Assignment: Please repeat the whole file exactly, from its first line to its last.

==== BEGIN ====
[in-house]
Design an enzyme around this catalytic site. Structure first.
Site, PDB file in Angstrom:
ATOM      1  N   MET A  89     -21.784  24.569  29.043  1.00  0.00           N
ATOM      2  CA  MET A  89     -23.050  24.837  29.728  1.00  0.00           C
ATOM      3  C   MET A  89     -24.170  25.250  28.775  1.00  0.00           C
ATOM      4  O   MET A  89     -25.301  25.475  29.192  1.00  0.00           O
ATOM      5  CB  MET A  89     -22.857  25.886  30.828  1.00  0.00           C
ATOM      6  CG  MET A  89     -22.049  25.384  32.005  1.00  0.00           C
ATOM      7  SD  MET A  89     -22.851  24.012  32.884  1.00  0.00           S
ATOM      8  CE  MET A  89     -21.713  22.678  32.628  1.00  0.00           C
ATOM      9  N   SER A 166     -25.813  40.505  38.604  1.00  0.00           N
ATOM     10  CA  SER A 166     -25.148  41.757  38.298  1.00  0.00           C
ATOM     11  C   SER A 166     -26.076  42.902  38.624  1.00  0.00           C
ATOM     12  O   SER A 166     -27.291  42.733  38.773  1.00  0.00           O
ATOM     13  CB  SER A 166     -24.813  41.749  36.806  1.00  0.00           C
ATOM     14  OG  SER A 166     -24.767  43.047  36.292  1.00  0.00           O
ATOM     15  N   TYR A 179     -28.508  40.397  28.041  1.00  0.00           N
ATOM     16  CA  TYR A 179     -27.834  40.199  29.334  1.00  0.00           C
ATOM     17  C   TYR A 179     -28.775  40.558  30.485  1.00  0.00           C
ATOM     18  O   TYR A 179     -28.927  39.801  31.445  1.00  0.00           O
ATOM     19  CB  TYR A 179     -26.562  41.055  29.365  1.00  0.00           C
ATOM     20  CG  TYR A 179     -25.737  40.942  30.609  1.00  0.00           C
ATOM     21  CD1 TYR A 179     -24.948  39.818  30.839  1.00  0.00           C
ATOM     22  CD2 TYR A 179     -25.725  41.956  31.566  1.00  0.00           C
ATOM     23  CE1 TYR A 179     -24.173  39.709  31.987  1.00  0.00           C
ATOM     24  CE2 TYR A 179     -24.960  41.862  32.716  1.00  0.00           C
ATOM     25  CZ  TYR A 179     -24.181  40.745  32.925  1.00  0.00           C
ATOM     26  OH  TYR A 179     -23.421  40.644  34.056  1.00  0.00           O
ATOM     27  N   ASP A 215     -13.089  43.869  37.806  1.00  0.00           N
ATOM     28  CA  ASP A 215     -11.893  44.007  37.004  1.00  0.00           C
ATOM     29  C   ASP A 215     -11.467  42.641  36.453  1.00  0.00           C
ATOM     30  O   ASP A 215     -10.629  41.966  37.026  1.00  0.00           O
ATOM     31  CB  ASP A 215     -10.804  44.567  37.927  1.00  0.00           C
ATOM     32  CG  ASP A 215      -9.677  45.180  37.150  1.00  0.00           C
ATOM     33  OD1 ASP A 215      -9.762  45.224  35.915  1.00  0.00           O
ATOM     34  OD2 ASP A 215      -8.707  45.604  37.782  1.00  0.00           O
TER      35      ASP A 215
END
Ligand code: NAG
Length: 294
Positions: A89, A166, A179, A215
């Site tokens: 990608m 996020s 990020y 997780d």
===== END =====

[in-house]
Design an enzyme around this catalytic site. Structure first.
Site, PDB file in Angstrom:
ATOM      1  N   MET A  89     -21.784  24.569  29.043  1.00  0.00           N
ATOM      2  CA  MET A  89     -23.050  24.837  29.728  1.00  0.00           C
ATOM      3  C   MET A  89     -24.170  25.250  28.775  1.00  0.00           C
ATOM      4  O   MET A  89     -25.301  25.475  29.192  1.00  0.00           O
ATOM      5  CB  MET A  89     -22.857  25.886  30.828  1.00  0.00           C
ATOM      6  CG  MET A  89     -22.049  25.384  32.005  1.00  0.00           C
ATOM      7  SD  MET A  89     -22.851  24.012  32.884  1.00  0.00           S
ATOM      8  CE  MET A  89     -21.713  22.678  32.628  1.00  0.00           C
ATOM      9  N   SER A 166     -25.813  40.505  38.604  1.00  0.00           N
ATOM     10  CA  SER A 166     -25.148  41.757  38.298  1.00  0.00           C
ATOM     11  C   SER A 166     -26.076  42.902  38.624  1.00  0.00           C
ATOM     12  O   SER A 166     -27.291  42.733  38.773  1.00  0.00           O
ATOM     13  CB  SER A 166     -24.813  41.749  36.806  1.00  0.00           C
ATOM     14  OG  SER A 166     -24.767  43.047  36.292  1.00  0.00           O
ATOM     15  N   TYR A 179     -28.508  40.397  28.041  1.00  0.00           N
ATOM     16  CA  TYR A 179     -27.834  40.199  29.334  1.00  0.00           C
ATOM     17  C   TYR A 179     -28.775  40.558  30.485  1.00  0.00           C
ATOM     18  O   TYR A 179     -28.927  39.801  31.445  1.00  0.00           O
ATOM     19  CB  TYR A 179     -26.562  41.055  29.365  1.00  0.00           C
ATOM     20  CG  TYR A 179     -25.737  40.942  30.609  1.00  0.00           C
ATOM     21  CD1 TYR A 179     -24.948  39.818  30.839  1.00  0.00           C
ATOM     22  CD2 TYR A 179     -25.725  41.956  31.566  1.00  0.00           C
ATOM     23  CE1 TYR A 179     -24.173  39.709  31.987  1.00  0.00           C
ATOM     24  CE2 TYR A 179     -24.960  41.862  32.716  1.00  0.00           C
ATOM     25  CZ  TYR A 179     -24.181  40.745  32.925  1.00  0.00           C
ATOM     26  OH  TYR A 179     -23.421  40.644  34.056  1.00  0.00           O
ATOM     27  N   ASP A 215     -13.089  43.869  37.806  1.00  0.00           N
ATOM     28  CA  ASP A 215     -11.893  44.007  37.004  1.00  0.00           C
ATOM     29  C   ASP A 215     -11.467  42.641  36.453  1.00  0.00           C
ATOM     30  O   ASP A 215     -10.629  41.966  37.026  1.00  0.00           O
ATOM     31  CB  ASP A 215     -10.804  44.567  37.927  1.00  0.00           C
ATOM     32  CG  ASP A 215      -9.677  45.180  37.150  1.00  0.00           C
ATOM     33  OD1 ASP A 215      -9.762  45.224  35.915  1.00  0.00           O
ATOM     34  OD2 ASP A 215      -8.707  45.604  37.782  1.00  0.00           O
TER      35      ASP A 215
END
Ligand code: NAG
Length: 294
Positions: A89, A166, A179, A215
């Site tokens: 990608m 996020s 990020y 997780d």